[REVIEW] The End is Nigh

The End is Nigh
Developer: Edmund McMillen & Tyler Glaiel
Publisher: Nicalis, Inc.
Reviewed on: Nintendo Switch
Release date: December 12, 2017
Price: $14.99

So, what is The End is Nigh?

A tough-as-nails 2D platformer that feels like a spiritual successor to Edmund McMillen’s wildly beloved Super Meat Boy. The world has literally come to an end and the only living person on the planet streams his favorite video game The End is Nigh to a sad audience of zero. However, when the game breaks and he runs out of “fucks” to shout, Ash decides its time to make a friend — literally. He’s ready to brave the harsh, crumbling world outside in order to collect tumors and other disgusting things to Frankenstein his very own BFF.

Why should you care?

If you’re a fan of super challenging platformers, especially Super Meat Boy, there is a lot to love here at the end of the world. You control a little blobby thing named Ash who platforms between 600+ single-screen stages of increasing difficulty, where the experience is mostly about precision jumping and maneuvering. The End is Nigh doesn’t give much wiggle room for error, but dying is a constant and always serves as a learning opportunity for the next go — even when the next dozen or so attempts end the same as the ones before them.

Ash doesn’t have a large toolkit to work around, which the level designs play into very well. He always moves at a static speed (as there’s no “run” button), can cling to obvious “hooks” on the sides of walls, and a dedicated crouch button is used to cling onto nearby corners or transition a jump into a quick descent. Gripping onto hooks gives the option to launch Ash straight up (a bit higher than a standard jump) or, by holding the analog stick in the opposite direction, send him firing off in a little blobby arc. That’s basically it. Some levels are straightforward while others crumble around you and force the player to adapt accordingly.

Some of the toughest challenges came by way of collectible cartridges that mimic classic video games. There are plenty of hidden paths tucked away within these single-screen stages, so I was always encouraged to play around with them rather than heading straight for the finish line.

The End is Nigh has a really good look to it and an absolute banger of a soundtrack. This, accompanied by its well-designed gameplay mechanics, have all the makings of a great game. However, its familiarity wore out its welcome far earlier than it should have and I continue to have issues with 2D platformers on the Nintendo Switch in handheld mode, where I’m required to nail precision movements with a fragmented d-pad and loose analog controls.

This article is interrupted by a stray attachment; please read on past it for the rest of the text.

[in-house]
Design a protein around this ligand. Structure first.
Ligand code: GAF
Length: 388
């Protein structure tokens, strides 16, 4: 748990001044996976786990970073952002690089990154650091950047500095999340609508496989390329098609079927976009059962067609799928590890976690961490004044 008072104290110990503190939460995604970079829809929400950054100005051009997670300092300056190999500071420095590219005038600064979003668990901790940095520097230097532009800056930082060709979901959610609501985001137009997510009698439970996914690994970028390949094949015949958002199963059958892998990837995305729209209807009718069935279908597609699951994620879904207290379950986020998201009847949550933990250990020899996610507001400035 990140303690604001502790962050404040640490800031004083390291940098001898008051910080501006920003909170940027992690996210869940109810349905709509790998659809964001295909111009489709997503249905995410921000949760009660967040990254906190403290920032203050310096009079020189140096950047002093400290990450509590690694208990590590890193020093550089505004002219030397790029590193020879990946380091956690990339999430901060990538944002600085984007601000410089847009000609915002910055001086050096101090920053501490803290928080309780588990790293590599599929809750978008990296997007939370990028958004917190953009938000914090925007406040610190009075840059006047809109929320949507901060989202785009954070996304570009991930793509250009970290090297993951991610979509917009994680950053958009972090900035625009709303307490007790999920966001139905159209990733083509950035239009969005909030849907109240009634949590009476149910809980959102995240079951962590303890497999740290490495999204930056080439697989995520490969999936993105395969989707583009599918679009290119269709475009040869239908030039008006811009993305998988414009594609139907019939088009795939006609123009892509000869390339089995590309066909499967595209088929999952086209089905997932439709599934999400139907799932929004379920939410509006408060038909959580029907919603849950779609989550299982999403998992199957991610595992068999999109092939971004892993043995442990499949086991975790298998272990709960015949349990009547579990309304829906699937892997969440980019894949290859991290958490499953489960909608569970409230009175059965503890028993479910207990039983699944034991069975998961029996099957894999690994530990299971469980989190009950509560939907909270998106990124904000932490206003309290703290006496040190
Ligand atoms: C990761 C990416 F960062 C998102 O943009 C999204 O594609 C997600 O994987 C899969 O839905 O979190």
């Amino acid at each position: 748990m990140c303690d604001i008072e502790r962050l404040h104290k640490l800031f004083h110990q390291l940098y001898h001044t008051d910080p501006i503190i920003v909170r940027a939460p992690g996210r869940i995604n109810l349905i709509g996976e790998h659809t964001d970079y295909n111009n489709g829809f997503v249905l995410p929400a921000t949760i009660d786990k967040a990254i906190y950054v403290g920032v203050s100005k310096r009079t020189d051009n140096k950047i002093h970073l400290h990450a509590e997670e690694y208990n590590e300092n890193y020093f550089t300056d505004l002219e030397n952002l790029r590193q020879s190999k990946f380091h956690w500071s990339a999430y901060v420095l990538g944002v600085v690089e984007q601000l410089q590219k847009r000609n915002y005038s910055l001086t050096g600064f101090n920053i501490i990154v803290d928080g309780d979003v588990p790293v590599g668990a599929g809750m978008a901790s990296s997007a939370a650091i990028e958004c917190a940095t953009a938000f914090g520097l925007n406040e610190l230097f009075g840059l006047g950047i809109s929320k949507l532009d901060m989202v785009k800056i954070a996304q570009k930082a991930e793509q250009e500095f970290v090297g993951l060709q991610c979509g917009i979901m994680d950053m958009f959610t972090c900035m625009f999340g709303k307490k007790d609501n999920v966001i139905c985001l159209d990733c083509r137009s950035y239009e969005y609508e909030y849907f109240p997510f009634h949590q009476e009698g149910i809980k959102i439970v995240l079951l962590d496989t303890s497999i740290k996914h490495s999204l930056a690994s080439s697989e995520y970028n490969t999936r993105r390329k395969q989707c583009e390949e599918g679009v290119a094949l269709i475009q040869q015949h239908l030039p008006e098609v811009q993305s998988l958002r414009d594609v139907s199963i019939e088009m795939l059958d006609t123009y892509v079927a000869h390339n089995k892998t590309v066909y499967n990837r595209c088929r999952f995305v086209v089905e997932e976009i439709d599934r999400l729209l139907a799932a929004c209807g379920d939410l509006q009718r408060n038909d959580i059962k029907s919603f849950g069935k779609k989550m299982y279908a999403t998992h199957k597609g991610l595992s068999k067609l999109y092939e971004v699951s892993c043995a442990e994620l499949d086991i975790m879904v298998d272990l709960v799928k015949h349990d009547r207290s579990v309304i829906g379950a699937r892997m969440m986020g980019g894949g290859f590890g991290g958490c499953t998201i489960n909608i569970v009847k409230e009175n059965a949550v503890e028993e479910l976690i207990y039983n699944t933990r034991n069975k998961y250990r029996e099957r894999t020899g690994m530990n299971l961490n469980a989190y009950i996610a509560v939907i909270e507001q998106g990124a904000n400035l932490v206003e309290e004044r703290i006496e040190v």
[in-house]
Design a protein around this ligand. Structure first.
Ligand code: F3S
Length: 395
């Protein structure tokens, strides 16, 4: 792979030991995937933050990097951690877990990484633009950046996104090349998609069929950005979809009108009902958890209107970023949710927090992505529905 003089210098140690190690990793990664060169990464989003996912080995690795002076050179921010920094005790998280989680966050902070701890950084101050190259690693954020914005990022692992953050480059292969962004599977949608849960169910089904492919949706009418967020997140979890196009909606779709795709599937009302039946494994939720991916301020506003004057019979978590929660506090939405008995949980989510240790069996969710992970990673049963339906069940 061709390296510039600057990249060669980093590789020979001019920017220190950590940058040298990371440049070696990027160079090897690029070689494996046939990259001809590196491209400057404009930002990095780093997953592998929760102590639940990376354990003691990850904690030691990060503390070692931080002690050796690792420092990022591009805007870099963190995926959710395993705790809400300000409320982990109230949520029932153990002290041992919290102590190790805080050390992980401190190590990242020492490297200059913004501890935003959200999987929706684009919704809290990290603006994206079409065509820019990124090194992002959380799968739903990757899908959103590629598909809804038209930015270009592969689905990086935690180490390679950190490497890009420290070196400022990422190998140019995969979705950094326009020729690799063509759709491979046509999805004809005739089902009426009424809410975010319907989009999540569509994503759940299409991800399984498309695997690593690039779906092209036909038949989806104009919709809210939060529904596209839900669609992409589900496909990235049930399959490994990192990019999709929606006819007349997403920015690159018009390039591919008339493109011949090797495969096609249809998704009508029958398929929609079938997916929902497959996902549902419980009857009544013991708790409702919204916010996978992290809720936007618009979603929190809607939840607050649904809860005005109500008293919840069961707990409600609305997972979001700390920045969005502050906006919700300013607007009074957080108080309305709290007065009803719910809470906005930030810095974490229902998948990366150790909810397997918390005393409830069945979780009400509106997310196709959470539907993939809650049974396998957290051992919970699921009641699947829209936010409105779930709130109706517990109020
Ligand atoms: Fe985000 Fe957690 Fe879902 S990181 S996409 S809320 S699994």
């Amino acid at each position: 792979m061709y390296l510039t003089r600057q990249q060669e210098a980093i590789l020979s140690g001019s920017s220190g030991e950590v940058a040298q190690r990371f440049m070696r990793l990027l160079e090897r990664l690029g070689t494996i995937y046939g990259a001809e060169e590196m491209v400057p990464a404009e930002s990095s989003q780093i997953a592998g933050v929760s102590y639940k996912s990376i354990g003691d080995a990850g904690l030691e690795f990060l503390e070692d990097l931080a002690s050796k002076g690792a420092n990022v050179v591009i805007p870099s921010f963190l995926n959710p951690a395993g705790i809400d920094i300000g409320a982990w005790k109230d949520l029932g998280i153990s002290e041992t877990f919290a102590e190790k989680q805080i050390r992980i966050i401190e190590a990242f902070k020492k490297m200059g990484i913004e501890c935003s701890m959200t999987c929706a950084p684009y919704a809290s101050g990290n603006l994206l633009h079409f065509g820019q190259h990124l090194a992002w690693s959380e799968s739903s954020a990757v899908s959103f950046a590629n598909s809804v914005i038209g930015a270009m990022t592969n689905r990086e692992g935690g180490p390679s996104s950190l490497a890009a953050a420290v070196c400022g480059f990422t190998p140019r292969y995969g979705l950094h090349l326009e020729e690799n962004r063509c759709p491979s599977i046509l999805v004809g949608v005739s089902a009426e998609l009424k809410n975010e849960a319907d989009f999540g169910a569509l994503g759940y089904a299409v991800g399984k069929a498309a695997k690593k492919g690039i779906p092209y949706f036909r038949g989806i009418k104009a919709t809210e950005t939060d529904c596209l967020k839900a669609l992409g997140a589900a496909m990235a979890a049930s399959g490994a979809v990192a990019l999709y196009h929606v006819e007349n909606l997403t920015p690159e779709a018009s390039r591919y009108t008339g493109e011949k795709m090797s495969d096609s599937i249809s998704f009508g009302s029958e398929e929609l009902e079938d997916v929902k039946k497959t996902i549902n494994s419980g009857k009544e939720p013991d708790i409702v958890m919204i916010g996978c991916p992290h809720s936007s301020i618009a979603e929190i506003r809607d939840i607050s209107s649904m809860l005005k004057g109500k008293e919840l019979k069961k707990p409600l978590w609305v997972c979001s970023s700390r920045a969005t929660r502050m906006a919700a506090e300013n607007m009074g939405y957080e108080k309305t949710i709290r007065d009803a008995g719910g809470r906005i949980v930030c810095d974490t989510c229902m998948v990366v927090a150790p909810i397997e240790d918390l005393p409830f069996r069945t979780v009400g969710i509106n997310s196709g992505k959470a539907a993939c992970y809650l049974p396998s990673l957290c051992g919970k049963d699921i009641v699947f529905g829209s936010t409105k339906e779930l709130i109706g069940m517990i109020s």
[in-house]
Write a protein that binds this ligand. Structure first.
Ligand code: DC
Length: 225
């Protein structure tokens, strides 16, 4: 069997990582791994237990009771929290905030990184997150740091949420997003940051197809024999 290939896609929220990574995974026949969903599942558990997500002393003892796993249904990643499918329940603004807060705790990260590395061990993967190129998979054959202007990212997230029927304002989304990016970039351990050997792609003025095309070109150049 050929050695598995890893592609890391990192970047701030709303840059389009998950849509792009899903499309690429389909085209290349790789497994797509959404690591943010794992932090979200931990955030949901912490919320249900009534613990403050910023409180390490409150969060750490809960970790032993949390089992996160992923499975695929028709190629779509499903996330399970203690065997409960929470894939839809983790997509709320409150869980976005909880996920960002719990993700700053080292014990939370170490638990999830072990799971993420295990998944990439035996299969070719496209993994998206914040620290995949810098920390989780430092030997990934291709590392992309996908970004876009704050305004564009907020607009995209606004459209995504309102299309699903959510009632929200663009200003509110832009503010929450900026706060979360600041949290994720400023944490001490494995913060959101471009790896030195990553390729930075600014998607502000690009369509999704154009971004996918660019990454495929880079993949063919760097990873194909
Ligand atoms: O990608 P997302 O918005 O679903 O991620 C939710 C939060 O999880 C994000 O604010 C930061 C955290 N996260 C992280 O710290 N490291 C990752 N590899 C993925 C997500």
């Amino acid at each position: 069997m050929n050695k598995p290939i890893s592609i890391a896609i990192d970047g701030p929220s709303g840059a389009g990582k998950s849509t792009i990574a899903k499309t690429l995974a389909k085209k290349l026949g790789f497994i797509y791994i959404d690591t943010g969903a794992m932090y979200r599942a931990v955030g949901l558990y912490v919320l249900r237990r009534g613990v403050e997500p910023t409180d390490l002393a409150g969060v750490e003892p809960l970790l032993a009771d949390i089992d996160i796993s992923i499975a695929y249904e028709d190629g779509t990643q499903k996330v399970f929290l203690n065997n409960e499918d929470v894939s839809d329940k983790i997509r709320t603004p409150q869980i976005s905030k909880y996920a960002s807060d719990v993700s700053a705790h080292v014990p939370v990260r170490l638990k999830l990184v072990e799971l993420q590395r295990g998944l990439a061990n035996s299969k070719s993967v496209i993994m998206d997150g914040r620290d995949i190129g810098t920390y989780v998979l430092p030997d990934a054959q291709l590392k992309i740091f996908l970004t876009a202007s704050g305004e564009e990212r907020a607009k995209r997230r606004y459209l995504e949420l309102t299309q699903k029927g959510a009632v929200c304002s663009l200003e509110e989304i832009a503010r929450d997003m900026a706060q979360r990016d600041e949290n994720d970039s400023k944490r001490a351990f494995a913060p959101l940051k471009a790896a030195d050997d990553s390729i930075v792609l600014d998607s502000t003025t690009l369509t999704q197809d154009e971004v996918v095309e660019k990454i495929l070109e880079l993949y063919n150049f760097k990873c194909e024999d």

Where does it go wrong?

As someone who has played his fair share of Super Meat Boy many, many years ago, The End is Nigh was both comforting and a bit hard to stick with. Both have their own distinguishing qualities about them, but I couldn’t shake the feeling I had already played this before. It’s a very, very well designed game that’s sure to please the hardest of hardcore 2D platforming fans, but after an hour or two, I was ready to play something else; something new and exciting.

Also, as I mentioned above, I (personally) have a hard time with these precision-based platformers on the Nintendo Switch when playing in handheld mode. The Switch’s JoyCon lacks a traditional d-pad, in favor of the fragmented variety that can serve as face buttons when used as independent multi-player controllers. The JoyCon’s analog sticks are also on the loose side, which makes precision platforming a bit of a pain. This is a non-issue when using the Pro Controller while docked on the TV, but like many of you out there, I mostly play my Switch on the go when the attached JoyCon is the only option. This isn’t a fault of the developer, of course, but if you (like me) find yourself using your Switch console as a handheld, it’s worth noting how much worse The End is Nigh felt when using the JoyCon.

Okay, so is it worth checking out?

Yes and no. The End is Nigh is, without a doubt, a well-made 2D platformer. However, its all-too-familiar feel led to shorter gaming sessions in favor of playing something else entirely (I honestly forgot it was even installed on my console after a week or two). If 2D platformers are your thing, you own a Pro Controller, and/or you’ve had better experiences with them on the Switch’s JoyCon than I have, then The End is Nigh is an absolute must-play. I have very little to complain about on the game-side of things. My 2D platformer fatigue just set in rather quickly, having spent enough time with Super Meat Boy over the years.

I don’t use a scoring system here at Cheap Boss Attack. Hopefully, you found the above text far more informative than an arbitrary number or a sequence of shaded-in star shapes.

*A digital copy of The End is Nigh was provided by the publisher for the purpose of this review.

9 thoughts on “[REVIEW] The End is Nigh

    1. If you’re already hesitant because you think it’ll be a bit too much like Meat Boy, then by all means wait for a sale. It’s good (very good) but I found it hard to remain interested after an hour or two because of the familiarity.

      Liked by 1 person

    1. Yeah, I’m not into them as much as I was 8-10 years ago. There are so many to choose from now, and while there are clearly some well-designed ones, I think I’m just burnt out. Same with metroidvania games. Genre fatigue is real.

      Liked by 1 person

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